But social unrest looms as a significant threat in a country with a historically fragile tolerance for austerity. Past attempts at belt-tightening have resulted in rock-throwing riots outside congress. Still, two nationwide strikes against Milei haven’t dented his popularity, which remains among the highest in Latin America. Just recently, he was featured on the cover of Time magazine in an article about the early days of his Presidency.

“The markets are a bit more euphoric than we think they should be given the macroeconomic fundamentals,” said Gonzalo Lacunza, an economist at Empiria, a Buenos Aires-based consultancy firm. “But it’s true they are sending a clear message about reaching a fiscal surplus, whatever the cost.”

 

construction, public works, stalled, milei, cuts
Paused construction on an underpass for a provincial freeway in Burzaco (Sarah Pabst/Bloomberg).

 

Florencio Varela officials say they were stymied in their efforts to find out from federal counterparts what was going on with the daycare. After Bloomberg News pressed the government for comment, Milei’s spokesman said federal officials are working to open it and five other daycares.

The child care centre was one of more than 500 that the previous administration promised but never finished for families in a country where more than 40 percent of the population lives below the poverty line. Major highways, bridges and housing projects started by former governments are also frozen, with little clarity on when or if they’ll restart. 

Milei has argued that public-works projects are a hotbed for corruption, bribes and mismanagement and will be handled by the private sector going forward. He’s bragged about gutting infrastructure spending by 87 percent in the first quarter from the same span a year ago.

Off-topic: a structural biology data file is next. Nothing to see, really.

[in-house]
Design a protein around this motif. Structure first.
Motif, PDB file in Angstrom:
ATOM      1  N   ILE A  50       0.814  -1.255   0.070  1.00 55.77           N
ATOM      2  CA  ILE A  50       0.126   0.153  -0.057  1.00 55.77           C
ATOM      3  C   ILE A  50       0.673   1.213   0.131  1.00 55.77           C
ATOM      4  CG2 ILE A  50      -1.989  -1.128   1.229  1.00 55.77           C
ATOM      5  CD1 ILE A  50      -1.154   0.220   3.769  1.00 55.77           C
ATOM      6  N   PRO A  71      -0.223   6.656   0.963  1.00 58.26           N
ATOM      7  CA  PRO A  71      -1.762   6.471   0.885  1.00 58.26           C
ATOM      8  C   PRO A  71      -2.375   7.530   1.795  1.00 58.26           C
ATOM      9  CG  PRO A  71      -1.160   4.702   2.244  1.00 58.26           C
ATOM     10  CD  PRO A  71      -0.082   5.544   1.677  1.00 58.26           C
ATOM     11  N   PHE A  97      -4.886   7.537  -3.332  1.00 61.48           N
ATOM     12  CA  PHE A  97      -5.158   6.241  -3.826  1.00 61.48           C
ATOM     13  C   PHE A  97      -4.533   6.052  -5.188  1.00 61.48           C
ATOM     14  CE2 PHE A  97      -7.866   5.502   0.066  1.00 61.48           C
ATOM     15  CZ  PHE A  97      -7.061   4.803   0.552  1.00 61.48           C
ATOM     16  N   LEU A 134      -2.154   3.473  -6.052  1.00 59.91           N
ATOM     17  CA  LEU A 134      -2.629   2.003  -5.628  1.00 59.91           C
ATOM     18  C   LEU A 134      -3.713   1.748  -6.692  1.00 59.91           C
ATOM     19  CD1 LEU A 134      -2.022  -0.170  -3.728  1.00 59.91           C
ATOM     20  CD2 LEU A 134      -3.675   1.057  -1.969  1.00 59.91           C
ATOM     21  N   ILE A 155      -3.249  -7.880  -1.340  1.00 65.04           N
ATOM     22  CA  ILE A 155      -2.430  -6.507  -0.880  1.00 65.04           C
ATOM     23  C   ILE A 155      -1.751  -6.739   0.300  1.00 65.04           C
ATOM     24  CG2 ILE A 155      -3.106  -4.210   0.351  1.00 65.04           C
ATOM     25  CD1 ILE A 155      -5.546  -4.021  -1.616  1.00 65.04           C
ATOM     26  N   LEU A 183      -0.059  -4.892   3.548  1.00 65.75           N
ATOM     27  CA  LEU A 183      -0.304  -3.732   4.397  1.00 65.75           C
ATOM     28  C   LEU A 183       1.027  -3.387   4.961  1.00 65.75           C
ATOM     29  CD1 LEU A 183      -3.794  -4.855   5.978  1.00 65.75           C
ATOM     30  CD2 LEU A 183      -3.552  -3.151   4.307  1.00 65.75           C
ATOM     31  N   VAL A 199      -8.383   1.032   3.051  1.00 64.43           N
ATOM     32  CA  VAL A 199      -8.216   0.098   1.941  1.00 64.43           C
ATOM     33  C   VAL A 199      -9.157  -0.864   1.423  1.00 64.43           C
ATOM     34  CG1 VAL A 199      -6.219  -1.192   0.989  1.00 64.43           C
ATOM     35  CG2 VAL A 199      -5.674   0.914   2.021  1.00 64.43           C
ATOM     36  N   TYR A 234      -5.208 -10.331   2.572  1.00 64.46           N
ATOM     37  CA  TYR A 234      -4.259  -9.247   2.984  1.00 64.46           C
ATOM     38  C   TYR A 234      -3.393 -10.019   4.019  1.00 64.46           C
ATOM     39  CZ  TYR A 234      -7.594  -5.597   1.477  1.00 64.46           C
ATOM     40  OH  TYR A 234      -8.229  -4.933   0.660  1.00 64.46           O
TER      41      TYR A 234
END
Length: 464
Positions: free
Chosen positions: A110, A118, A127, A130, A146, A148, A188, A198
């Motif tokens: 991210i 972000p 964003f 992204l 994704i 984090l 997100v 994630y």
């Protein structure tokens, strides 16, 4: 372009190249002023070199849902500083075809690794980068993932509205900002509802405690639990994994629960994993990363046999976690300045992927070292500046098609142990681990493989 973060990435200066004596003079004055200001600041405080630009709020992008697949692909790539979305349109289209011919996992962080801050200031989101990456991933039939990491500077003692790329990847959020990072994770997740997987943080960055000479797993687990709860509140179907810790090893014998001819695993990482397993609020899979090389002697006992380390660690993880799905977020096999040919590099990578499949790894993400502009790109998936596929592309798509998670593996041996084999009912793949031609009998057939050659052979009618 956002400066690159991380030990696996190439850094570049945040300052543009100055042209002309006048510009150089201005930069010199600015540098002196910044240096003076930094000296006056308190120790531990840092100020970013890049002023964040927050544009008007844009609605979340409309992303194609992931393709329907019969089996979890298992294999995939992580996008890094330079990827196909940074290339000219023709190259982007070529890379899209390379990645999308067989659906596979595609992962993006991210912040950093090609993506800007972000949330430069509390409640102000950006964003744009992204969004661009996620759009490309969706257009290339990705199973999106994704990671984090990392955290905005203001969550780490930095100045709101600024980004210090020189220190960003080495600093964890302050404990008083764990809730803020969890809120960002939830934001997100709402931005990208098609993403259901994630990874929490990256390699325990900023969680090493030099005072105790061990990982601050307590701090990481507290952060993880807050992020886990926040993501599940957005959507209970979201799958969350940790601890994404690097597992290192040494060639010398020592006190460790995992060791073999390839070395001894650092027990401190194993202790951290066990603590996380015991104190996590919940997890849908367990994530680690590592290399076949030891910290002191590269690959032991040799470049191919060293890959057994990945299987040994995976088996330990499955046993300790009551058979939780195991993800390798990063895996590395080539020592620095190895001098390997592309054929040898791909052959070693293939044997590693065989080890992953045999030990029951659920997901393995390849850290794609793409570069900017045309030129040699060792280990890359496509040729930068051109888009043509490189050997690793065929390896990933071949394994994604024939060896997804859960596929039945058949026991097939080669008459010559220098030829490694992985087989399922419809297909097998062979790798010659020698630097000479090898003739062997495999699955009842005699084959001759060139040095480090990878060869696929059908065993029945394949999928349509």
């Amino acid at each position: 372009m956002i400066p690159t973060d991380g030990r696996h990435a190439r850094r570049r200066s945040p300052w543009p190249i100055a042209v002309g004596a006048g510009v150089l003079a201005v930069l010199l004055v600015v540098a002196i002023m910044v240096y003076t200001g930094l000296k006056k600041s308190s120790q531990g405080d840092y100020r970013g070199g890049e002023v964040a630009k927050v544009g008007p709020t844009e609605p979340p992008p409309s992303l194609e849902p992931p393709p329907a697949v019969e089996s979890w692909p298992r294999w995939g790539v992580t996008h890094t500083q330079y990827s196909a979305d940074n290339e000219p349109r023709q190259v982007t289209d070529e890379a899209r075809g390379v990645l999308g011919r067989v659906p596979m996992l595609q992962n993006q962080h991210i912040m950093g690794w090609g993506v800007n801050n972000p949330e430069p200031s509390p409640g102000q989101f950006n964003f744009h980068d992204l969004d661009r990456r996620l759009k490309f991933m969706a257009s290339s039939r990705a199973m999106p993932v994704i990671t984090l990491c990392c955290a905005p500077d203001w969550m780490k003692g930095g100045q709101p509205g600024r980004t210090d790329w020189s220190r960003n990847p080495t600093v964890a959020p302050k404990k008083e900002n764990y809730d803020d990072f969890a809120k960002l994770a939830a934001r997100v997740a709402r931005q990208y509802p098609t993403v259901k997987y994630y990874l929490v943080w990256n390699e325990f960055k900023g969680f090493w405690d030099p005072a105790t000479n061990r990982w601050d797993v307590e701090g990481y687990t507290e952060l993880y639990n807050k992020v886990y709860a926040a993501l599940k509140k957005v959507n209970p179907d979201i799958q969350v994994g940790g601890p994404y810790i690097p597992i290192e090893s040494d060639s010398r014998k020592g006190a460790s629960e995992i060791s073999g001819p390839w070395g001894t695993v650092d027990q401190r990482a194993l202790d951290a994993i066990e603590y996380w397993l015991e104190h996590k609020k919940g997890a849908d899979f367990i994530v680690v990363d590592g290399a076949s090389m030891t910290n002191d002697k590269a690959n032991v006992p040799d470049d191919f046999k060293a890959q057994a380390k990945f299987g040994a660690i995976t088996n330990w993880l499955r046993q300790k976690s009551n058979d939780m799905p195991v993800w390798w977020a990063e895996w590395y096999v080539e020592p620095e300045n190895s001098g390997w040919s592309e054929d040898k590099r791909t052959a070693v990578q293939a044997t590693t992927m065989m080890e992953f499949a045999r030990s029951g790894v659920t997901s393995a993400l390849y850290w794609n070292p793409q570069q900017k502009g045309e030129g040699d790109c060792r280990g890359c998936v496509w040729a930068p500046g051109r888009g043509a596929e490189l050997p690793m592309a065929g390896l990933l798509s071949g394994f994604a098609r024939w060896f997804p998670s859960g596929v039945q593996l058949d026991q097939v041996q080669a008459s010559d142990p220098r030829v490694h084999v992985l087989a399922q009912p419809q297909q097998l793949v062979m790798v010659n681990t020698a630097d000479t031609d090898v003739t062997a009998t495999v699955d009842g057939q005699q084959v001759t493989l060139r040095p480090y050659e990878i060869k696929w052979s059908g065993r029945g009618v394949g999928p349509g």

“In general and as a matter of common sense, those projects that are almost done will be completed,” Finance Secretary Pablo Quirno said in an interview. “In every new government, there’s a transition. We are in that process.”

The collapse in public works sent construction nosediving in March. Activity plunged 42 percent, its worst annual decline since the peak of the pandemic lockdowns. Argentina lost 48,000 construction jobs from November to February, or 11 percent of the total in the sector, according to the INDEC national statistics bureau. 

“Public works went from 100 to 0. I’ve never seen anything like it,” said Gustavo Weiss, president of Argentina’s construction chamber. “Even the most developed countries have important infrastructure demands, and less developed countries like ours have an infinity of needs.”

Provincial governors and other proponents of infrastructure spending say that without working roads, ports, tunnels and bridges, the economy can’t operate. The governors of the Patagonian provinces of Río Negro and Neuquén sent a formal request asking the federal government this month to turn over control of four key highways they claim are falling apart, newspaper La Nación reported.

In Burzaco, an industrial hub an hour south of Buenos Aires, construction has halted on a nearly-complete underpass for a provincial freeway. The project is meant to alleviate congestion on a four-block stretch of road that can take up to 20 minutes to cross during rush hour. The roughly US$2.9-million project financed by the national government was supposed to be done last year, but took longer than expected. Construction was stopped in January due to a lack of funds.

“It’s such a pity,” said Jorge Reigada, 60, a local shopkeeper. He understands the reasons for Milei’s austerity push, and even appreciates the effort to some extent. But he laments its indiscriminate nature. “Every public work is put in the same bag, when there should be priorities.”

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by Manuela Tobias, Bloomberg